Understanding the recent history of active volcanoes is crucial to assessing the volcanic hazard for the surrounding areas. In this perspective, a detailed petrochemical characterization of the emplaced products can give useful insights on the ongoing magma processes driving the volcanic system to its current state. This is particularly true for the La Soufrière Volcano of St. Vincent, the most active subaerial volcano in the Lesser Antilles in historical times, with the last eruption of 1979 reaching a VEI of 3 and leading to the evacuation of ~20000 people. However, most of the current knowledges on magma processes at La Soufrière relies on petrological studies performed on the products of the oldest prehistorical activity, covering the ~600-1.3 ka age interval. We here present a petrological characterization (whole-rock, mineral and glass phases geochemistry) for the juvenile products of explosive events occurred during the last 1000 years at La Soufrière: the historical eruptions of 1902/03 and 1718/1812 and the prehistorical eruptions of 1580, 1440 and an older undated event. The products of the prehistorical eruptions are represented by basaltic andesite scoria clasts displaying a quite homogeneous composition in terms of both petrography (with labradorite-bytownite plagioclase, Mg- and Al-poor augite clinopyroxene, Mg-poor orthopyroxene and Ti- magnetite) and whole-rock geochemistry (e.g. SiO 2 = 55.1-56.7 wt.%, MgO = 3.13-3.73 wt.%, wt.%, Cr = 20-30 ppm, Zr = 82-96 ppm). Products of the historical eruptions are generally similar but also include less evolved lithotypes, with 1902/03 scoria clasts reaching basaltic compositions with labradorite-anorthite plagioclase, Mg- and Al-rich diopside clinopyroxene and Mg-olivine, SiO 2 = 50.6-51.2 wt.%, MgO = 7.64-7.91 wt.%, wt.%, Cr = 270-300 ppm, Zr = 60-65 ppm. This speaks in favour of a recent magma renewal which possibly triggered a phase of relatively intense volcanic activity (~80-100 year periodicity), culminating with destructive events causing ~1500 deaths.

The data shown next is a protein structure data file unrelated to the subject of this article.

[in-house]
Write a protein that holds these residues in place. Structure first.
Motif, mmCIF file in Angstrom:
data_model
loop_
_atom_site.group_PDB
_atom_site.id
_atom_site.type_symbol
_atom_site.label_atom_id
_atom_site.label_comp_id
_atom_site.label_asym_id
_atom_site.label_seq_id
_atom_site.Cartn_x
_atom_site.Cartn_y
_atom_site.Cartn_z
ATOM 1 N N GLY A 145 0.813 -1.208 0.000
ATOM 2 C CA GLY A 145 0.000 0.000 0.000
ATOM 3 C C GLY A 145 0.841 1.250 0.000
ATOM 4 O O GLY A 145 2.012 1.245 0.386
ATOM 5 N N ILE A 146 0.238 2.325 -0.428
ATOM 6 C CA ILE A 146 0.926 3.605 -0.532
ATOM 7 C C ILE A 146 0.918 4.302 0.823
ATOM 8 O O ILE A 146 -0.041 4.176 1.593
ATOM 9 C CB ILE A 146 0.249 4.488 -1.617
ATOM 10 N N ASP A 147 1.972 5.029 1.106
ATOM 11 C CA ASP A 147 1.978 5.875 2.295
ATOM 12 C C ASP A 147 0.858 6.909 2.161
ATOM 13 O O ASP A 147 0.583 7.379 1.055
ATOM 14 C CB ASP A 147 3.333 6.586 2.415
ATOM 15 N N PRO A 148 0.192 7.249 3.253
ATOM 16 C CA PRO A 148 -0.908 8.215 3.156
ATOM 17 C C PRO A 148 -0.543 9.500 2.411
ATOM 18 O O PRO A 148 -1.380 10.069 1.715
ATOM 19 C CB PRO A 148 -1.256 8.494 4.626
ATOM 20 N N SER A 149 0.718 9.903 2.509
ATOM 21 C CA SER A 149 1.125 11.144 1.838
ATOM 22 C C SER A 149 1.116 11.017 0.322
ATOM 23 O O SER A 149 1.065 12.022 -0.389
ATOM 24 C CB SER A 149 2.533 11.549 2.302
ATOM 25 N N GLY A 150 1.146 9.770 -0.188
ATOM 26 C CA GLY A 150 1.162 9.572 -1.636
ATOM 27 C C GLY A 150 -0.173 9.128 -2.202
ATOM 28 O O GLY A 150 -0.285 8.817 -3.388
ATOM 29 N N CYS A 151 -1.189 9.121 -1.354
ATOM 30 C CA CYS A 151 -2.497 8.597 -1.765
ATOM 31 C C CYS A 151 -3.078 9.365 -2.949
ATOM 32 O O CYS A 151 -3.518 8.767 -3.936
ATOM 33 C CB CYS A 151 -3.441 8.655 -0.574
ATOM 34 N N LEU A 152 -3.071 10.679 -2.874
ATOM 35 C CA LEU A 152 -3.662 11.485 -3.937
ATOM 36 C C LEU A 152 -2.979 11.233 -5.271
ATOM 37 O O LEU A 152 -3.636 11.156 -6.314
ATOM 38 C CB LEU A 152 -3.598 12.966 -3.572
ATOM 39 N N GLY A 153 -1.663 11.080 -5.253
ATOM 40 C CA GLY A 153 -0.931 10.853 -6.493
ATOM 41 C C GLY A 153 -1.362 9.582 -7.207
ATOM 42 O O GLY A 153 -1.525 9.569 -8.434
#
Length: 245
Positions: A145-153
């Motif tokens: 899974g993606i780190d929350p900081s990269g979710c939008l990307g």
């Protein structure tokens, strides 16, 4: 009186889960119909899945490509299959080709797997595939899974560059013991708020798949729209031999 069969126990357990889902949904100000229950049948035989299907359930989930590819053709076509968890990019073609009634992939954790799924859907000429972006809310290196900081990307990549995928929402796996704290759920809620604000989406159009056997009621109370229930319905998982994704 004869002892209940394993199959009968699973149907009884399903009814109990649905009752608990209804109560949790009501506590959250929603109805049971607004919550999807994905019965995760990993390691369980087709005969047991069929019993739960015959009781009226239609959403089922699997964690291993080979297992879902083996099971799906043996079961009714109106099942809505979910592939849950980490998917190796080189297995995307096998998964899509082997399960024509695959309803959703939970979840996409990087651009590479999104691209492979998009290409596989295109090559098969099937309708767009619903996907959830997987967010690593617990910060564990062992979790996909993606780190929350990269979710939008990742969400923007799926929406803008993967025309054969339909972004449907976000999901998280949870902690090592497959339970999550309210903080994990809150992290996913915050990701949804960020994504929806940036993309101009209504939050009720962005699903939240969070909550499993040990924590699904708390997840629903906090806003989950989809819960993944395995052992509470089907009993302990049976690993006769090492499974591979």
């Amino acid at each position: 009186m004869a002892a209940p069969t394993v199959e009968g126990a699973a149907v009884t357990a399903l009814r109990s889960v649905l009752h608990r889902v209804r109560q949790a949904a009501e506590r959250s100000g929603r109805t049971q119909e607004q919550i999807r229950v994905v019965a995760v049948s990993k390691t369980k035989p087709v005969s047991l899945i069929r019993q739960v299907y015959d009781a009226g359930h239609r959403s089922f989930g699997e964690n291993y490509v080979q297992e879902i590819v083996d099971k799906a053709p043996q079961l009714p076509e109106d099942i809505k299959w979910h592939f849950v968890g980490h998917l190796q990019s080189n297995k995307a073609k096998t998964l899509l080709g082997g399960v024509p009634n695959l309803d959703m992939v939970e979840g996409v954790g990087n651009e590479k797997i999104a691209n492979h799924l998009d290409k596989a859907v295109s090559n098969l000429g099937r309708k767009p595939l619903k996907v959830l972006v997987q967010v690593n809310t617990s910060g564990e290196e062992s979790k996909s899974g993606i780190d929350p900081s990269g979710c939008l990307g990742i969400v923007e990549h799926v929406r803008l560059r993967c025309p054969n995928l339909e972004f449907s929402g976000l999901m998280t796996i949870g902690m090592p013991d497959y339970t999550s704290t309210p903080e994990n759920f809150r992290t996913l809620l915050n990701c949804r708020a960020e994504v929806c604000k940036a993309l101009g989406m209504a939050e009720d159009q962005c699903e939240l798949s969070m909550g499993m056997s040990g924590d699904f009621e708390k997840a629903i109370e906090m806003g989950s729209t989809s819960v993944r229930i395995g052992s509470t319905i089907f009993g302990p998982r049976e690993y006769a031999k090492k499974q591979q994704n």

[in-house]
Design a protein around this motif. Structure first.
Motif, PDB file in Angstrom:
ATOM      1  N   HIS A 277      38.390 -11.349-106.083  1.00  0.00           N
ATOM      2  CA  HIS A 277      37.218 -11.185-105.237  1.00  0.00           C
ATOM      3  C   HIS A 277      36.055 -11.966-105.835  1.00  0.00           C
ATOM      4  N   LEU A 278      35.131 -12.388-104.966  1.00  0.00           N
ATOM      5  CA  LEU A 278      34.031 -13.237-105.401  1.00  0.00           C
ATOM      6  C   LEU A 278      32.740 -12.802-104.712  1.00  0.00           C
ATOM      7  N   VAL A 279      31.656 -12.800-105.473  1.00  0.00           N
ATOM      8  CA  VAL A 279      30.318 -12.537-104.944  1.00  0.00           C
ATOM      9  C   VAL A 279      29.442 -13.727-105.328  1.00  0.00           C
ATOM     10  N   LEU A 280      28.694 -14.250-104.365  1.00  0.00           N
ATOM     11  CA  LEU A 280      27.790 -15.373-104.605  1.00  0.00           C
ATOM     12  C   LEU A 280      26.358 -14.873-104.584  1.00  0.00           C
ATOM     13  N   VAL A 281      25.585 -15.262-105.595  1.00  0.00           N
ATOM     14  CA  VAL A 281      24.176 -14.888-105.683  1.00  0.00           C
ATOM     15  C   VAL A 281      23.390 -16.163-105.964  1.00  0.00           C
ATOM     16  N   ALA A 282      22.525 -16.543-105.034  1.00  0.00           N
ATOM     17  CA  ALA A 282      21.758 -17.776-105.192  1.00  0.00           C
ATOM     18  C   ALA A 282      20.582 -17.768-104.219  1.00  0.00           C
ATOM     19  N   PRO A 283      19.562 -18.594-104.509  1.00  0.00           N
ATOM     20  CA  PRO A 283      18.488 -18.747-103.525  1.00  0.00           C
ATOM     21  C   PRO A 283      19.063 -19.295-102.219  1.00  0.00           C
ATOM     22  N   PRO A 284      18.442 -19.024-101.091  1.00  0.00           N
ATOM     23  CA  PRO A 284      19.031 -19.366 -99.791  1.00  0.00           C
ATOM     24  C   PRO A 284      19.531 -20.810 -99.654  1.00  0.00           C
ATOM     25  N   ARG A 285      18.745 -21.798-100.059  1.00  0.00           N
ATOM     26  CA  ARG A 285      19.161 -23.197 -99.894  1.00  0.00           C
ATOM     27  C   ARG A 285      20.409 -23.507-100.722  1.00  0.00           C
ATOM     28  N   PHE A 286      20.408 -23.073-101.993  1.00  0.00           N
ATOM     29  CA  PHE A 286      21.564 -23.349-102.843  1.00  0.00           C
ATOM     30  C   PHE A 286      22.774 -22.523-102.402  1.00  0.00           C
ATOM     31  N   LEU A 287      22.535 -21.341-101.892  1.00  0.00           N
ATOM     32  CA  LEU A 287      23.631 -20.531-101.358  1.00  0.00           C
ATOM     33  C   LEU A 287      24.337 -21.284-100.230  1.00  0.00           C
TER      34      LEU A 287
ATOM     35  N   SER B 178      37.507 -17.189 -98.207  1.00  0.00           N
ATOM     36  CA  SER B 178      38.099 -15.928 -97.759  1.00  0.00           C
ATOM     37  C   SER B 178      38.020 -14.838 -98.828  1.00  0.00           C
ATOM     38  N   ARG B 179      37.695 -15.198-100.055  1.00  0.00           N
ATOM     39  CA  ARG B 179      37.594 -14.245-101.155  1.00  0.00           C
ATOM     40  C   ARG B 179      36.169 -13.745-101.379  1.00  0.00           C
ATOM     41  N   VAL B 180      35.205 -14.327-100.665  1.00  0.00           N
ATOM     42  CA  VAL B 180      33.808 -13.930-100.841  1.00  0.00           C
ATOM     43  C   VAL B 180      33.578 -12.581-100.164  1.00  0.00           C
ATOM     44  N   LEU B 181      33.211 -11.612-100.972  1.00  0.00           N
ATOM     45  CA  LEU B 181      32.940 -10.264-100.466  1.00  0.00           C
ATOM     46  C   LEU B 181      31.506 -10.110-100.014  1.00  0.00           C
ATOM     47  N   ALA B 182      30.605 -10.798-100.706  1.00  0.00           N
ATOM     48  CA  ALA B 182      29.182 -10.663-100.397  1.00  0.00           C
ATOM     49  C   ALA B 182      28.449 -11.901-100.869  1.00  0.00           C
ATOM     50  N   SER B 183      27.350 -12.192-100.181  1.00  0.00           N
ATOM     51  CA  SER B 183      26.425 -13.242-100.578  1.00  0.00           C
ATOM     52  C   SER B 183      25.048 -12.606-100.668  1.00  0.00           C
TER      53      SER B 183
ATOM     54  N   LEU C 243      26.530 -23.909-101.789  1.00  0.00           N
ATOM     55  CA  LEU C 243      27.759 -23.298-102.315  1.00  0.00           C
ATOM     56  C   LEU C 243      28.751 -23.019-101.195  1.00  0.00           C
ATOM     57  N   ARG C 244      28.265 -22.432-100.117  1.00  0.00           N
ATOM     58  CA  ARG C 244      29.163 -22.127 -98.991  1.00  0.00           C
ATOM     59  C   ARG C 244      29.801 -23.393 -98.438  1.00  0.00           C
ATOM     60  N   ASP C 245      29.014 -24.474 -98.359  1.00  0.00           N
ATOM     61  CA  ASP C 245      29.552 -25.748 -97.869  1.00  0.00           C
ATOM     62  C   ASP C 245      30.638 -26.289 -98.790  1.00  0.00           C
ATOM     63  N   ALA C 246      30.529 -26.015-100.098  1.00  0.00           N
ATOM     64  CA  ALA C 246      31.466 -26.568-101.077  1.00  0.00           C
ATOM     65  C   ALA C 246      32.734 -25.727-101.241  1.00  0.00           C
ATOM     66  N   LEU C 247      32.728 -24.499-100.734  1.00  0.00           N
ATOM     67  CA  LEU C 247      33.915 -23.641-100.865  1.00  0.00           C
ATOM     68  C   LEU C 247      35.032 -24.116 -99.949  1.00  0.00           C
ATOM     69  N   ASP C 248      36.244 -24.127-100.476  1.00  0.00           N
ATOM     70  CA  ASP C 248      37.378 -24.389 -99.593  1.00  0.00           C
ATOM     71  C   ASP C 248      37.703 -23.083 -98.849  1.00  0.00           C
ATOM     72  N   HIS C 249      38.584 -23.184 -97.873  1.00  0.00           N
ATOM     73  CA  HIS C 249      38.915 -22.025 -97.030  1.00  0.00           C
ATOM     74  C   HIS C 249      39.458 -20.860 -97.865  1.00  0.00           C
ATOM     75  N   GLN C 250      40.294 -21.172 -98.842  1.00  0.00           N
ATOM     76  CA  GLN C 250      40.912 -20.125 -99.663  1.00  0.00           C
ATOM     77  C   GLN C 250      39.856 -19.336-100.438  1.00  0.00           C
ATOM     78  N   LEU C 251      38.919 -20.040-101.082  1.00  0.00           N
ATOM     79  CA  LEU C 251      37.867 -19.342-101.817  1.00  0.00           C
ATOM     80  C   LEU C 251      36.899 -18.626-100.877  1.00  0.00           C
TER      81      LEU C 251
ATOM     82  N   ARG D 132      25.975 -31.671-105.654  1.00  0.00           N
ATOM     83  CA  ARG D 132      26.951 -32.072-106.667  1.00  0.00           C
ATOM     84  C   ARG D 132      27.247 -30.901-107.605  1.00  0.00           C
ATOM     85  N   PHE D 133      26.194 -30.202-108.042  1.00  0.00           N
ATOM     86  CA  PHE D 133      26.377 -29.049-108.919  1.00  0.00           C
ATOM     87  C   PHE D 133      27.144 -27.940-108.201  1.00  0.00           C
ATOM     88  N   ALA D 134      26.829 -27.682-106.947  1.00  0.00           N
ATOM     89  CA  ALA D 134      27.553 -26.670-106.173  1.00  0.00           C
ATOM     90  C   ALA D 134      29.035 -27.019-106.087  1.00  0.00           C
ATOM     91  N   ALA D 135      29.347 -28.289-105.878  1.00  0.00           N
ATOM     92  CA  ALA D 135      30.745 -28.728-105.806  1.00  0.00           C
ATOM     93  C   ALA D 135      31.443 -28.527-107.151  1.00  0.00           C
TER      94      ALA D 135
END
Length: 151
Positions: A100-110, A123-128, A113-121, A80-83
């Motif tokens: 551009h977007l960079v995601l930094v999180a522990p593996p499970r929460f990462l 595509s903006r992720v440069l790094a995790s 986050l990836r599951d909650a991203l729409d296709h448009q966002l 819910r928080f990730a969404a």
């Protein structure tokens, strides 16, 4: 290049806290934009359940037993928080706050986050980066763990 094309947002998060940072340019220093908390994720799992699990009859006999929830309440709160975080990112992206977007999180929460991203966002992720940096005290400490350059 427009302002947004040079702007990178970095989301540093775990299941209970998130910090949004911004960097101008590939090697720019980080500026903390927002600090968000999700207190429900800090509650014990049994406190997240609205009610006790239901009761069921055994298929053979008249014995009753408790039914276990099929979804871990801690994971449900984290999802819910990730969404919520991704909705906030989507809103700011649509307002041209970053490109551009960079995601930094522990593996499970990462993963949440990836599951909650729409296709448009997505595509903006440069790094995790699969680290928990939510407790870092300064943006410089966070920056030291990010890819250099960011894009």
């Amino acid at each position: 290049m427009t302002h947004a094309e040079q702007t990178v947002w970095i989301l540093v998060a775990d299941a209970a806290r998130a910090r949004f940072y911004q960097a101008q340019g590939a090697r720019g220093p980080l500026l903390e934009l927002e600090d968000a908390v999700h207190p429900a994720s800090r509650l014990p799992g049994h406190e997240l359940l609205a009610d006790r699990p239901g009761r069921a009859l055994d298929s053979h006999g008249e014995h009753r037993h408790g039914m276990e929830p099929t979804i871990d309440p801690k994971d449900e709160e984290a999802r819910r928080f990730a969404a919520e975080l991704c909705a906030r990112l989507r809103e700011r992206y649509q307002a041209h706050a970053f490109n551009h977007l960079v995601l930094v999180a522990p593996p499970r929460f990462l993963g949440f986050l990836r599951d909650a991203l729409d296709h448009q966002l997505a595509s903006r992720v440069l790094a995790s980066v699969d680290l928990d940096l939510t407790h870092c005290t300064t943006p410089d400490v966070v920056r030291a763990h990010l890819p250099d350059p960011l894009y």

A petrological insight on the juvenile products of the last 1000 years of explosive activity at La Soufrière Volcano, St. Vincent (Lesser Antilles)

Lorenzo Fedele
;
Claudio Scarpati;
2018

Abstract

Understanding the recent history of active volcanoes is crucial to assessing the volcanic hazard for the surrounding areas. In this perspective, a detailed petrochemical characterization of the emplaced products can give useful insights on the ongoing magma processes driving the volcanic system to its current state. This is particularly true for the La Soufrière Volcano of St. Vincent, the most active subaerial volcano in the Lesser Antilles in historical times, with the last eruption of 1979 reaching a VEI of 3 and leading to the evacuation of ~20000 people. However, most of the current knowledges on magma processes at La Soufrière relies on petrological studies performed on the products of the oldest prehistorical activity, covering the ~600-1.3 ka age interval. We here present a petrological characterization (whole-rock, mineral and glass phases geochemistry) for the juvenile products of explosive events occurred during the last 1000 years at La Soufrière: the historical eruptions of 1902/03 and 1718/1812 and the prehistorical eruptions of 1580, 1440 and an older undated event. The products of the prehistorical eruptions are represented by basaltic andesite scoria clasts displaying a quite homogeneous composition in terms of both petrography (with labradorite-bytownite plagioclase, Mg- and Al-poor augite clinopyroxene, Mg-poor orthopyroxene and Ti- magnetite) and whole-rock geochemistry (e.g. SiO 2 = 55.1-56.7 wt.%, MgO = 3.13-3.73 wt.%, wt.%, Cr = 20-30 ppm, Zr = 82-96 ppm). Products of the historical eruptions are generally similar but also include less evolved lithotypes, with 1902/03 scoria clasts reaching basaltic compositions with labradorite-anorthite plagioclase, Mg- and Al-rich diopside clinopyroxene and Mg-olivine, SiO 2 = 50.6-51.2 wt.%, MgO = 7.64-7.91 wt.%, wt.%, Cr = 270-300 ppm, Zr = 60-65 ppm. This speaks in favour of a recent magma renewal which possibly triggered a phase of relatively intense volcanic activity (~80-100 year periodicity), culminating with destructive events causing ~1500 deaths.
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Utilizza questo identificativo per citare o creare un link a questo documento: https://hdl.handle.net/11588/723232
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